Former Michigan State Golf Coach and GCAA Hall of Fame Member Bruce Fossum Passes Away At Age 86
EAST LANSING, Mich. - Legendary Michigan State men’s golf coach Bruce Fossum died on Tuesday, March 11, in his hometown of Okemos, Mich. He was 86.
Fossum spent 25 years as head coach of the Michigan State men’s golf program, holding the position from 1965-1989, before returning for one season in 1998-99. He coached the Spartans to their first Big Ten title in 1969, as part of a string of 10-consecutive top-5 finishes at the conference tournament. In all, he had 16 top-five finishes, including eight years in the top-three. Individually, 10 Spartans had top-five finishes at the conference tournament under his watch, earning All-Big Ten honors in the process.
Fossum coached 10 All-Americans and one Academic All-American during his tenure, leading five teams, and six other individuals to the NCAA Tournament, finishing as high as sixth in 1967. In addition, Fossum remains the winningest coach in Spartan history with 17 tournament victories.
Fossum was inducted into the Golf Coaches Association of America (GCAA) Hall of Fame in 1985, and followed by his wife Mary in 1988, becoming the first husband-wife combination in GCAA Hall of Fame history. In addition, he was the chairman of the NCAA Golf Committee in 1971 and 1975, and president of the GCAA from 1977-79. Fossum also was inducted into the Michigan Golf Hall of Fame in 2007.
His biggest legacy may have been his golf instruction in the Greater Lansing area. Since moving to the area in 1959, Fossum has taught many locals the game of golf, mainly at the Forest Akers Golf Course and the FunTyme Okemos Golf Dome. He was also a professor at Michigan State for over 30 years, and authored two books –GOLFandGolf Made Easier Not Easy.
Prior to becoming head men’s golf coach, Fossum was an assistant coach for the Michigan State men’s basketball program from 1959-65.
Born on Jan. 16, 1928, Fossum is survived by his wife, Mary, and their four children, nine grandchildren and one great grandchild. A memorial will be held at a later date.
Remembering Bruce Fossum …
Michigan State athletic director Mark Hollis:
“My thoughts and prayers are with the Fossum family, after hearing the news of Bruce’s passing. Bruce and his wife Mary mean so much to the Michigan State and Greater Lansing golf communities. The impact that Bruce has had on so many people - as a teacher, a coach, a father and a friend – is immeasurable. The Fossum name will forever be synonymous with Spartan golf.”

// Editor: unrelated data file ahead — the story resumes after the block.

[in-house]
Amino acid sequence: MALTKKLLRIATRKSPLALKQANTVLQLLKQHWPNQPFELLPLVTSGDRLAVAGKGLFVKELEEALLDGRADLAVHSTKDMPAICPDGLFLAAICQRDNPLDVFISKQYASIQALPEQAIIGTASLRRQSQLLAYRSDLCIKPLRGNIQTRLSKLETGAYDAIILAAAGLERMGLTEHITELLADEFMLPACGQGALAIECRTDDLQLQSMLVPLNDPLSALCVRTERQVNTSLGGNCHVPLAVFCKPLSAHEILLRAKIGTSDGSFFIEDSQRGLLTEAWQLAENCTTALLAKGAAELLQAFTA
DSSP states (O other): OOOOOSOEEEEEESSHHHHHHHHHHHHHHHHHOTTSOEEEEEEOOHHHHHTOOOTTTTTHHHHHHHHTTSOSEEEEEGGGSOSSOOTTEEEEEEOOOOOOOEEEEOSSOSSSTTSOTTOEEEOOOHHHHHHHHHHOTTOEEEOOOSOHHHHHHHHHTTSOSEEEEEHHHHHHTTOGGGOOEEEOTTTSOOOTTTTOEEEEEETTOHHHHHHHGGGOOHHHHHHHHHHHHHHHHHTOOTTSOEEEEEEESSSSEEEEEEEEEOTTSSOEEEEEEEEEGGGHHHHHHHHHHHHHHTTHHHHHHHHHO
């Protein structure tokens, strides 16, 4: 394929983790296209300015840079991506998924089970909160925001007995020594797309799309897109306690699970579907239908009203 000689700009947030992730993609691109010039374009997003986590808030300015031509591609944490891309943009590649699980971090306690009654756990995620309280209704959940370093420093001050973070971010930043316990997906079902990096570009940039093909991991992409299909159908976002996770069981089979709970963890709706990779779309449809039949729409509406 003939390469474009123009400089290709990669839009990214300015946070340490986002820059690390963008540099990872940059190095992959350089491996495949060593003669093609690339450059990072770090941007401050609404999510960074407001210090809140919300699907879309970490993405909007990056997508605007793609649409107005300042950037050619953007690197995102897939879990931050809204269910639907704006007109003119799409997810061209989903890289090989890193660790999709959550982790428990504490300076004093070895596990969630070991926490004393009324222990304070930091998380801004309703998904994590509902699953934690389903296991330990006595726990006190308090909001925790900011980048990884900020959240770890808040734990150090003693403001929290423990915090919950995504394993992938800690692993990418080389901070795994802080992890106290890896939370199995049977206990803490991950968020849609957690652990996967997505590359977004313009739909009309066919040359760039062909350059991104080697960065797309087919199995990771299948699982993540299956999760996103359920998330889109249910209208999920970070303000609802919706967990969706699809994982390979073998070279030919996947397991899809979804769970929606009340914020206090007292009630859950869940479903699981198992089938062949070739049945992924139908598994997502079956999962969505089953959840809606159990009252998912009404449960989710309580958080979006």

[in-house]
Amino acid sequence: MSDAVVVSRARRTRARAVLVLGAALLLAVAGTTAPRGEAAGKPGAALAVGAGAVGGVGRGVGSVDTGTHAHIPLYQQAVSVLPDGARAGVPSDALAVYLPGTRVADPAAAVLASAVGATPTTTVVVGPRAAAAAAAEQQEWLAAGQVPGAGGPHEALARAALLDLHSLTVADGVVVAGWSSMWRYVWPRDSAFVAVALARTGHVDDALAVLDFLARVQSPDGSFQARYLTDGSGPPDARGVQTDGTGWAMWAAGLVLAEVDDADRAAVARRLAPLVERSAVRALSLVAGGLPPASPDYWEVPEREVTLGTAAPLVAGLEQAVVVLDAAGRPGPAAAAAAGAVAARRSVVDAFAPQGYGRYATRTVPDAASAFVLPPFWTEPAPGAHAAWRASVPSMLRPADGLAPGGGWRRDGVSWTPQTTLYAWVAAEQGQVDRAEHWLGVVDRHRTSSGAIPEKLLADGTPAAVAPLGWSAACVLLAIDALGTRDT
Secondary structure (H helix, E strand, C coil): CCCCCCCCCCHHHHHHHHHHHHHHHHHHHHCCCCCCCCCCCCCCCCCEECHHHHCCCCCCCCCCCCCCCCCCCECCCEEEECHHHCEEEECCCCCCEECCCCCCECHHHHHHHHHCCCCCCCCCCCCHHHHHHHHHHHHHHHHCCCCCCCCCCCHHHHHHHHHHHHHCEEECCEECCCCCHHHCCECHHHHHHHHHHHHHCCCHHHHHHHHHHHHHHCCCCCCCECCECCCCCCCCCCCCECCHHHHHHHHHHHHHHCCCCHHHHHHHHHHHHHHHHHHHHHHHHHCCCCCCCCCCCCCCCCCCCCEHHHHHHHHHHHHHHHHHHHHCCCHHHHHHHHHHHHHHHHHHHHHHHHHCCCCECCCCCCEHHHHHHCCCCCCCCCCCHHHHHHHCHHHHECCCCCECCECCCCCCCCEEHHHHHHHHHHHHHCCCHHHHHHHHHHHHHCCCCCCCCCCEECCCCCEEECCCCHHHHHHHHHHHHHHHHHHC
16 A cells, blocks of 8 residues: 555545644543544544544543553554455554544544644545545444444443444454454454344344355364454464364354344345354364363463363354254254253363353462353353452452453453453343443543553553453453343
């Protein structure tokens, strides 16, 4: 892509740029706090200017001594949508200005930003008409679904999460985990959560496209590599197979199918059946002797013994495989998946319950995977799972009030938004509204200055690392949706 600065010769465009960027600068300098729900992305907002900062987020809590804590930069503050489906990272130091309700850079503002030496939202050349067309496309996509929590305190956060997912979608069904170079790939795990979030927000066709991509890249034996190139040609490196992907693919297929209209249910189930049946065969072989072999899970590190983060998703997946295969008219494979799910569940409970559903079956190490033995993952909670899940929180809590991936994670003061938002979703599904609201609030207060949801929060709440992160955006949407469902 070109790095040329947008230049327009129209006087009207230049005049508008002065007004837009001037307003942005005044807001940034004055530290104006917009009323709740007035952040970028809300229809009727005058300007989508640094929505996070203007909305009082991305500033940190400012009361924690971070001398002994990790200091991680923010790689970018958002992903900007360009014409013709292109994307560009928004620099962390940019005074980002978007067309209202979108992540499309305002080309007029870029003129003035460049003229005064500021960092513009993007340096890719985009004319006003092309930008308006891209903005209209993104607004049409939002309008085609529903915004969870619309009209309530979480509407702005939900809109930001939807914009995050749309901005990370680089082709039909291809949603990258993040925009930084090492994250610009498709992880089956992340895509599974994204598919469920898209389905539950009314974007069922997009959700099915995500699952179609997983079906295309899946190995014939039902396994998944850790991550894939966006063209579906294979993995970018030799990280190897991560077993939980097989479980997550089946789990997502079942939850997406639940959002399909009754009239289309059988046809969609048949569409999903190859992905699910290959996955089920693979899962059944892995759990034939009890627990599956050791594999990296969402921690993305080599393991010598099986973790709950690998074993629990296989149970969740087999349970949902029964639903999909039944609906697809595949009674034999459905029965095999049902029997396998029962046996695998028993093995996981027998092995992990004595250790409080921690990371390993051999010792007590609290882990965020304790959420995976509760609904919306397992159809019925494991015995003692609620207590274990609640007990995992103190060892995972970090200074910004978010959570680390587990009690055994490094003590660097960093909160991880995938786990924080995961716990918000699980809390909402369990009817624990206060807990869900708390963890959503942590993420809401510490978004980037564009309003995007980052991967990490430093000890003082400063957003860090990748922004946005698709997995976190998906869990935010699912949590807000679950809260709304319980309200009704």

Michigan State men’s golf coach Casey Lubahn:
“We were deeply saddened to hear the news of the passing of Coach Bruce Fossum. It is with heavy hearts that we say goodbye to a coaching legend, mentor and dear friend.
“Coach Fossum has been a fixture in this community for over 50 years and has touched countless people along the way. His legacy as a coach, professor, instructor and author will always be a part of the great tradition of Michigan State University and our golf programs. However, I will remember him as a husband, father, grandfather and friend – who always had time for others who needed a helping hand.
“While we will miss Coach so much, we are honored to continue on the legacy and foundation he has built for all of us who are fortunate enough to follow in his footsteps here at Spartan golf.”
Michigan State women’s golf coach Stacy Slobodnik-Stoll:
“It’s a sad day for all of us and for Spartan golf. For me, Mary and Bruce go hand-in-hand. I always knew when I was a student-athlete at Michigan State that they were the only husband and wife coaching team in the nation, which was very special to us as players. Mary was our coach, but we also had Bruce there as our coach as well, because that was his nature and that’s who he was. He was just an incredible resource.
“As my time went on at Michigan State, they became more and more like family to me. My own child (10-year-old daughter, Olivia) calls them Grandma Mar-Mar and Grandpa Bruce. They’ve not only supported me, but every student-athlete that they’ve coached; Bruce had such an effect on so many young people.
“A great story about Bruce is that Casey (Lubahn) and I got to meet Jack Nicklaus last fall at Oakland Hills, and I was telling Bruce about this wonderful opportunity to meet Jack Nicklaus, and Bruce goes, ‘Well, you make sure to tell Jack that Michigan State is the only place that he ever lost in college.’ Bruce even remembered what scores Jack shot and who he lost to.
“Bruce watched not only men’s golf evolve into what it is today, but also our team, and helped Mary along the way, and helped me along the way. Bruce and Mary were always there when I wanted to talk about golf, and they could give my advice on any situation. I can only imagine all of the conversations they had together about their teams. Bruce was an integral part of the Spartan golf family and he will be dearly missed.”